A clock net or clock tree is a dedicated network of wiring and buffers optimized for routing a clock signal throughout the FPGA. From my master’s thesis, the image below shows a routed FPGA with one clock net highlighted in red.
Clock buffers, also known as global buffers (BUFG), are primitives that can take a regular signal as an input and connect to a clock net on the output side. The buffers have a high fan-out to minimize skew while driving the numerous other primitives that utilize the clock signal.
An RTL module or process that isn’t triggered by a clock edge is said to be combinational. The outputs are purely a function of the combination of inputs, thus the name combinational logic.
MUX_2_1 : process(sel, in_a, in_b) begin case sel is when '0' => out_q <= in_a; when '1' => out_q <= in_b; when others => out_q <= 'X'; end case; end process;
The process shown above describes a two-to-one multiplexer. It’s a combinational process because there is no clock input. The out_q signal reacts instantly when sel, in_a, or in_b changes.
The opposite of combinational logic is sequential logic.
A constraint is a rule that dictates a placement or timing restriction for the implementation. Constraints are not VHDL, and the syntax of constraints files differ between FPGA vendors.
Physical constraints limit the placement of a signal or instance within the FPGA. The most common physical constraints are pin assignments. They tell the PAR tool to which physical FPGA pins the top-level entity signals shall be mapped.
Timing constraints set boundaries for the propagation time from one logic element to another. The most common timing constraint is the clock constraint. We need to specify the clock frequency so that the PAR tool knows how much time it has to work with between clock edges.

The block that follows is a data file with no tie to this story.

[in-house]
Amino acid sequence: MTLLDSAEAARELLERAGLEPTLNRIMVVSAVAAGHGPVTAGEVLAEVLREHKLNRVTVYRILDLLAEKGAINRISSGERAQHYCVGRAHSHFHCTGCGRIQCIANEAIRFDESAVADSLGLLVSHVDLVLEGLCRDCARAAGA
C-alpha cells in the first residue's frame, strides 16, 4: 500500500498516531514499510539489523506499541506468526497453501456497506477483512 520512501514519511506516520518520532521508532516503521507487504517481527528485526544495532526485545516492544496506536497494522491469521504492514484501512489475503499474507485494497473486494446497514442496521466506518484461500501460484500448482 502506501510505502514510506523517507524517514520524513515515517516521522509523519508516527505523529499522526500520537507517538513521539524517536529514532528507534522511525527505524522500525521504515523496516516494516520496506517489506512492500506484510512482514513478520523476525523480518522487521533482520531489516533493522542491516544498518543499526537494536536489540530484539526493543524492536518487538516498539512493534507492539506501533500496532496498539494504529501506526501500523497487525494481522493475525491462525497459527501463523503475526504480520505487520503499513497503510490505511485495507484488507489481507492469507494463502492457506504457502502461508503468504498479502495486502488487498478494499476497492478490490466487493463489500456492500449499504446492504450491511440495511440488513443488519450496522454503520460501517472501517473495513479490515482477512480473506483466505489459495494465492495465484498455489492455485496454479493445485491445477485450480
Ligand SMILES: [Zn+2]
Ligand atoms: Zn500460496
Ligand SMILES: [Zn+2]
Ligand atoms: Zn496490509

While there exist synthesis constraints, PAR constraints are far more common as they are mandatory while the former is optional.
Delta cycles are zero-time timesteps used by VHDL simulators for modeling chained events during code execution. The outputs from a VHDL process with a sensitivity list will have outputs that lag behind the trigger signal with one delta cycle.
A delta cycle doesn’t consume simulation time. Consider the example code below with three concurrent VHDL processes. The sig_a signal changes from ‘0’ to ‘1’ after ten nanoseconds, causing the second process to wake up and copy the value to sig_b. Finally, the last process wakes up and copies the value to sig_c.
signal sig_a, sig_b, sig_c : bit; begin sig_a <= '1' after 10 ns; sig_b <= sig_a; sig_c <= sig_b;
As we can see from the waveform below, the change is instantaneous. But behind the scenes, the VHDL simulator uses two delta cycle delays to model the chain of events.
If we turn on Expand Time Deltas Mode in ModelSim, we can observe the delta cycles, as shown below.
To learn more about delta cycles in VHDL, I recommend my in-depth article about it:
Delta cycles explained
A driver in VHDL is an instance or process that attempts to control the value of a signal. In the example below, the signal has three drivers: the process, the concurrent process, and the submodule.
process is begin sig <= '0'; wait; end process; sig <= '1'; MY_MOD : entity work.my_mod(rtl) port map (dout => sig);
It’s not possible to stop driving a signal once a process has started driving it. The exception is when you use the force command to override a signal’s value in the testbench. Then you can stop forcing it by using the release command, as shown below.